2. I missed the photos most. Facebook is like an online scrapbook and better yet, it’s like a collection of scrapbooks from the folks I love. Like my kids and friends and family. I really do like to capture and share my life’s best moments. A sunny day. An amazing view. A flower found on a walk. I realized that visual sharing is what I truly DO love and in fact missed most when I gave up Facebook. Maybe it’s because photos capture what’s real.
3. I felt calmer. Maybe it was one less thing to do. Maybe it was just letting go of a habit. But maybe, just maybe… I was truly more outwardly focused. Listening to my kids stories a little deeper. Asking folks at work about their weekend instead of reading about it. Maybe I truly was less focused on me.
Okay. Dan — your turn:
1. We don’t need Facebook. Facebook Needs Us. I never thought of Facebook needing us. Lately it seems that everyone and everything tells us we need Facebook. We need to create an account, we need to update our profile picture and have witty statuses and sign on to get discounts from brands. What I found during my 21 day fast was that Facebook relies on me (and all of you) to keep their site interesting. If we don’t share, post and connect then Facebook dies. We should never forget that we own Facebook, Facebook doesn’t own us.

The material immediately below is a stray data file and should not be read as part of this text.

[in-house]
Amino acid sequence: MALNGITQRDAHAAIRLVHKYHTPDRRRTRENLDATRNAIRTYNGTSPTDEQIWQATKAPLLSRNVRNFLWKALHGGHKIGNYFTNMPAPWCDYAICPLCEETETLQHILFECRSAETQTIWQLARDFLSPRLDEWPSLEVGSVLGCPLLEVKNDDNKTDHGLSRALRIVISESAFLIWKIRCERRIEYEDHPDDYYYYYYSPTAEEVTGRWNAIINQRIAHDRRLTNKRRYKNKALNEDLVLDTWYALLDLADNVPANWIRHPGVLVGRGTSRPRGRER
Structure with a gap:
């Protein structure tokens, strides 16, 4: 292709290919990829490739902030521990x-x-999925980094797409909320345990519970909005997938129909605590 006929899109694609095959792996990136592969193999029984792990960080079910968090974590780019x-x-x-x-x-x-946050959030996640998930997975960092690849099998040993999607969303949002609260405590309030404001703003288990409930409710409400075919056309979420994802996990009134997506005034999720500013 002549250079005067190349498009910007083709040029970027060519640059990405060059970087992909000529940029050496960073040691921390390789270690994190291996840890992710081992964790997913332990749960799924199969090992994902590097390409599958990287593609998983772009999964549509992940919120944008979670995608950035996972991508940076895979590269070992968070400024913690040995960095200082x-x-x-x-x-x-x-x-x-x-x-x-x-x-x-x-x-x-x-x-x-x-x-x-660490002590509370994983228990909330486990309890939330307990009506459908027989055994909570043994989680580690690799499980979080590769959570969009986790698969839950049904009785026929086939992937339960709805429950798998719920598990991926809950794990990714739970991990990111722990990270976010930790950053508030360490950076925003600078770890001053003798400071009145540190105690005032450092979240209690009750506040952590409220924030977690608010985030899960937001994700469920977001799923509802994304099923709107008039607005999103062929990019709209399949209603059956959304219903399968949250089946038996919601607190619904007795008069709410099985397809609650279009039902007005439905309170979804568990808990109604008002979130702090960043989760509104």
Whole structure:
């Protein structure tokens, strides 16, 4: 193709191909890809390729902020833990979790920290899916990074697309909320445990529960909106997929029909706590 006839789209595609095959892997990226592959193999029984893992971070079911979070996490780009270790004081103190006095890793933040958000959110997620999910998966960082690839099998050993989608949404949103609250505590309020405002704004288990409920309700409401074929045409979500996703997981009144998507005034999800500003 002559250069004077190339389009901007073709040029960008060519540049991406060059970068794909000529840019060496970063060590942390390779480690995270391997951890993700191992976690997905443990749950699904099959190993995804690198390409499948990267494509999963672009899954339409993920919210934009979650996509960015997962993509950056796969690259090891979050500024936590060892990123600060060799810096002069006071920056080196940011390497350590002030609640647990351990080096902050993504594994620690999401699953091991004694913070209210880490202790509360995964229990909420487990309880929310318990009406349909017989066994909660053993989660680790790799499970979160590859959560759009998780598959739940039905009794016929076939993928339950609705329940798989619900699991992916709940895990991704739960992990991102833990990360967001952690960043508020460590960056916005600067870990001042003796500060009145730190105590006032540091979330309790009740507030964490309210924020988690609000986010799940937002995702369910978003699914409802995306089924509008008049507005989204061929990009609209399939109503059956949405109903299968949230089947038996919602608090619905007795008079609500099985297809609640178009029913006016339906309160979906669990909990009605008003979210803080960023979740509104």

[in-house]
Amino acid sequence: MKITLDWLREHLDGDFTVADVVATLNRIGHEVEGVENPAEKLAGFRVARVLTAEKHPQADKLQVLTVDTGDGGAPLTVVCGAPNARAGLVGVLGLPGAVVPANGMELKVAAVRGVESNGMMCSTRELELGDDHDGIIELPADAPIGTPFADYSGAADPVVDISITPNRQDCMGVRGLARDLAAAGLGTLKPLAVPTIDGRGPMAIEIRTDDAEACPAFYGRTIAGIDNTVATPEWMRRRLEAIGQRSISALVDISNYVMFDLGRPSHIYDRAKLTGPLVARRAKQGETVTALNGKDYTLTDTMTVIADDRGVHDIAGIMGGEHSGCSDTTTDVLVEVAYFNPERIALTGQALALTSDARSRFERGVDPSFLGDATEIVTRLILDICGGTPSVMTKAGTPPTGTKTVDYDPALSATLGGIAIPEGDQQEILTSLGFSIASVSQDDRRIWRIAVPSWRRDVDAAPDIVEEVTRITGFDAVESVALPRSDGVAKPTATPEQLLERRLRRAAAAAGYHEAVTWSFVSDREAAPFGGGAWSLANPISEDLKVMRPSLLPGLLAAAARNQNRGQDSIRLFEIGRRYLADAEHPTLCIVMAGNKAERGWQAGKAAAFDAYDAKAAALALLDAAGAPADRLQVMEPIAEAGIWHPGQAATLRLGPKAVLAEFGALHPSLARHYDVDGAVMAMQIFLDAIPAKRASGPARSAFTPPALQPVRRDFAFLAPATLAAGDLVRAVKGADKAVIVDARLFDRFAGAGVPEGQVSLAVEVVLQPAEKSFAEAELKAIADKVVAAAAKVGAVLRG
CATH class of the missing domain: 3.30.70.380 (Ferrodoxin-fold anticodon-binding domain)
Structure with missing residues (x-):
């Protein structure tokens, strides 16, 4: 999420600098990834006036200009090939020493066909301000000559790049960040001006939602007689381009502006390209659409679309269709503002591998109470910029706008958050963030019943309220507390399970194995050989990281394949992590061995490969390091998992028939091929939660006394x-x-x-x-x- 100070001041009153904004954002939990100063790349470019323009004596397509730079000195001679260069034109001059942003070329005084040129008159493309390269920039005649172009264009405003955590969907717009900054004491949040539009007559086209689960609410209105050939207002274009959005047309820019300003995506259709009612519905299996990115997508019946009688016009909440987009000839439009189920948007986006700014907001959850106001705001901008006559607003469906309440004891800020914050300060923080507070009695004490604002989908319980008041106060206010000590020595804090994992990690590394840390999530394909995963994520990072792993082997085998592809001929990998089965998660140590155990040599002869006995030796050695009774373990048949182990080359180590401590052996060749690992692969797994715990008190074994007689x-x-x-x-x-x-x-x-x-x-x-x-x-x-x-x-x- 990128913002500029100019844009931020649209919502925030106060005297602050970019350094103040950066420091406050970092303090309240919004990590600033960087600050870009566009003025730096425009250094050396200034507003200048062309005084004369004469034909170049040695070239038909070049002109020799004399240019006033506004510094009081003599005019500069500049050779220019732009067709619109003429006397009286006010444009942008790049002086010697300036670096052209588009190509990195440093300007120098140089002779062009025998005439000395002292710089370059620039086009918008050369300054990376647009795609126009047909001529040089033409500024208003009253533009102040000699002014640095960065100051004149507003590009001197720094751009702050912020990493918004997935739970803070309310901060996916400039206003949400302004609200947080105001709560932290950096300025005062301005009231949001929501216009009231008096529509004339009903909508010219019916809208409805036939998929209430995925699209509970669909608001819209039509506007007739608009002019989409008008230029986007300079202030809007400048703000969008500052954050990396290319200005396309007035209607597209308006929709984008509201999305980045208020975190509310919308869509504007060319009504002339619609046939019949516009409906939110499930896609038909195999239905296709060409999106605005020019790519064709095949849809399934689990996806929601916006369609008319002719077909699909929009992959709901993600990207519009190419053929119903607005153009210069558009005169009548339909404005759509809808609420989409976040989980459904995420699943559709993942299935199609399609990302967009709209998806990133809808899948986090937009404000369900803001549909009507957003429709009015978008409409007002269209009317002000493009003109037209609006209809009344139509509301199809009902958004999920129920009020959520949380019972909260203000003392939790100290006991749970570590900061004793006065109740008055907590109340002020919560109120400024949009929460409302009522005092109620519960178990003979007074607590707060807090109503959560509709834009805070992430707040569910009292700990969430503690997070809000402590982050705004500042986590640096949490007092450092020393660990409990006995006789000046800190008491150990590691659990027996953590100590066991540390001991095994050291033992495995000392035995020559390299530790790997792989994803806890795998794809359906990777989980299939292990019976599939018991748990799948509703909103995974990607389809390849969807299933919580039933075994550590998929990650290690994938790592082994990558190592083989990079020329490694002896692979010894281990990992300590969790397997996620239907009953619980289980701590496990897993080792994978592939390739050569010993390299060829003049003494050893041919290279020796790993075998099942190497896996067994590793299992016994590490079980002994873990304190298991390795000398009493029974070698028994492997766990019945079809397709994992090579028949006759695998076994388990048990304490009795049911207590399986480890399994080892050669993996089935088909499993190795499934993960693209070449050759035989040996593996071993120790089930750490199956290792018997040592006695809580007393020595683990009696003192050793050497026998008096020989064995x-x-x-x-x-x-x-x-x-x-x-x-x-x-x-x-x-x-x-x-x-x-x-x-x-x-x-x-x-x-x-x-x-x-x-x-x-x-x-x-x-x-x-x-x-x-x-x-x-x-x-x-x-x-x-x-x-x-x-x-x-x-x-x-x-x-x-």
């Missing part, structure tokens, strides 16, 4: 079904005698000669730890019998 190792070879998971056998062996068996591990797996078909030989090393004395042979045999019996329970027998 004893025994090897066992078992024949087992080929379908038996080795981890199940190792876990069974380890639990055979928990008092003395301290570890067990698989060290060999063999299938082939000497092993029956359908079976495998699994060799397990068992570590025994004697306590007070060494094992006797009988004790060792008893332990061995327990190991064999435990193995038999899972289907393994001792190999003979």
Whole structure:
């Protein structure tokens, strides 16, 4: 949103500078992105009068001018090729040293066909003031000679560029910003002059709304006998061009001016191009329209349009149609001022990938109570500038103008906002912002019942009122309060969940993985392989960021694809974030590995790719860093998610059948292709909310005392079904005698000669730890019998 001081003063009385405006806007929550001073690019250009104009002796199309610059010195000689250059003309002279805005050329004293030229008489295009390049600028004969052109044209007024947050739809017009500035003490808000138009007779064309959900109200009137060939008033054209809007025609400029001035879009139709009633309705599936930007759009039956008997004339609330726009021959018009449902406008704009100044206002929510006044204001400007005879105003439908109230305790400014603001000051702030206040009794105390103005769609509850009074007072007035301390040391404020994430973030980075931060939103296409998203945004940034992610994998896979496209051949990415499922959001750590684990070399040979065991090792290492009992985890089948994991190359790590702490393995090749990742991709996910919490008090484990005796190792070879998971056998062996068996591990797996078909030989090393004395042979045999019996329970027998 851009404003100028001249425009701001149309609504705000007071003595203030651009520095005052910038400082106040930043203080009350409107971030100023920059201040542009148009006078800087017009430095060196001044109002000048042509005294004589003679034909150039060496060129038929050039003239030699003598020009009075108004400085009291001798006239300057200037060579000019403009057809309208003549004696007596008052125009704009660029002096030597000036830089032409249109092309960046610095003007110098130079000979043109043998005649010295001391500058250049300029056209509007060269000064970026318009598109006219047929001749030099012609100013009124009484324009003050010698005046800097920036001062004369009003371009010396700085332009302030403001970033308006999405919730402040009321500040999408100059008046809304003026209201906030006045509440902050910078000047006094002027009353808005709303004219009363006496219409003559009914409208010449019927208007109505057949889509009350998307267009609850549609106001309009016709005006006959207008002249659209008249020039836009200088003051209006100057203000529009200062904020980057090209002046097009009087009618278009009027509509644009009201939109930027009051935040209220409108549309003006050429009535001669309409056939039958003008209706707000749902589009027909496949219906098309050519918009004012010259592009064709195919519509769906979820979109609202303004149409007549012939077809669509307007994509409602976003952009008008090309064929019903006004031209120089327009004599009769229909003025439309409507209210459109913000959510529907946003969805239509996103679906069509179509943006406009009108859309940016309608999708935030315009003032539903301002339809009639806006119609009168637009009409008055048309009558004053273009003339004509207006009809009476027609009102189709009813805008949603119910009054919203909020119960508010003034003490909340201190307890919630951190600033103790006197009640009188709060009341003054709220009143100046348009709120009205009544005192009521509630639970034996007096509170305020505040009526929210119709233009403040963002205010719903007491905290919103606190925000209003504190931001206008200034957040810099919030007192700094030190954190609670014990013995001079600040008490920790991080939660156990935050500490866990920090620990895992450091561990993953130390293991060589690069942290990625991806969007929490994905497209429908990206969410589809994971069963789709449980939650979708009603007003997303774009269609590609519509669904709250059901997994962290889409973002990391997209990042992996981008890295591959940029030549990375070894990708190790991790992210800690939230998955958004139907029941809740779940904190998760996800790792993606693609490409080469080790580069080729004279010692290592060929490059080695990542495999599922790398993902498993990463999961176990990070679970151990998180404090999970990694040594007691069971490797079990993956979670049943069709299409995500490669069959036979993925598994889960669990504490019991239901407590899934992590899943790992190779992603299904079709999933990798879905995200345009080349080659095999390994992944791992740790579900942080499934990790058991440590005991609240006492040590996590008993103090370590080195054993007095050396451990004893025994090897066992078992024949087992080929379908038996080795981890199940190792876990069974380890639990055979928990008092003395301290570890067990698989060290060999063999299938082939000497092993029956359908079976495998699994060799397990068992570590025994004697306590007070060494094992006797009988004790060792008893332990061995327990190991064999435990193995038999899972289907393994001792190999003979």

2. Life is only exciting if you’re engaging. I have 500 friends (impressive right? Not really). Guess how many of them noticed I went missing for three weeks? Not. A. Single. One. No one asked where I was, what I was up to or wondered where I went. I was shocked when I logged back in after my absence and only had 5 notifications. Only 5!?! How can this be possible? It’s so simple…..if we’re not engaging, generating dialogue and having a conversation….no one is going to talk back with us. The same principle goes for life in general: we must engage with our personal communities in order stay relevant. This applies to your brand as well…
3. Real connections live on without Facebook. We don’t need Facebook to connect. It just makes it a whole lot easier to connect. During my absence, I still was in contact with “my real friends”. We still hung out and guess what? I had the opportunity to ASK them about their lives and hear what they were up to in REAL LIFE. In past instances I asked them, and then already knew everything because I had stalked them on Facebook. There is something to be said about hearing people’s stories, looking them in the eyes and having a genuine conversation vs reading several status updates and attempting to piece the story together on your own. How many of my friends on Facebook are my real friends? Good question….probably a handful (please don’t tell my other “friends” they’re not my real friends). Check out this article on how many friends your brain can hold.
BTW, thanks to @thebrandbuilder for sharing this article with me (via Facebook I might add) in the first place and to Dan for inspiring me to take a little break and time to reflect.
And now your turn. Do you have a social media fasting story to share?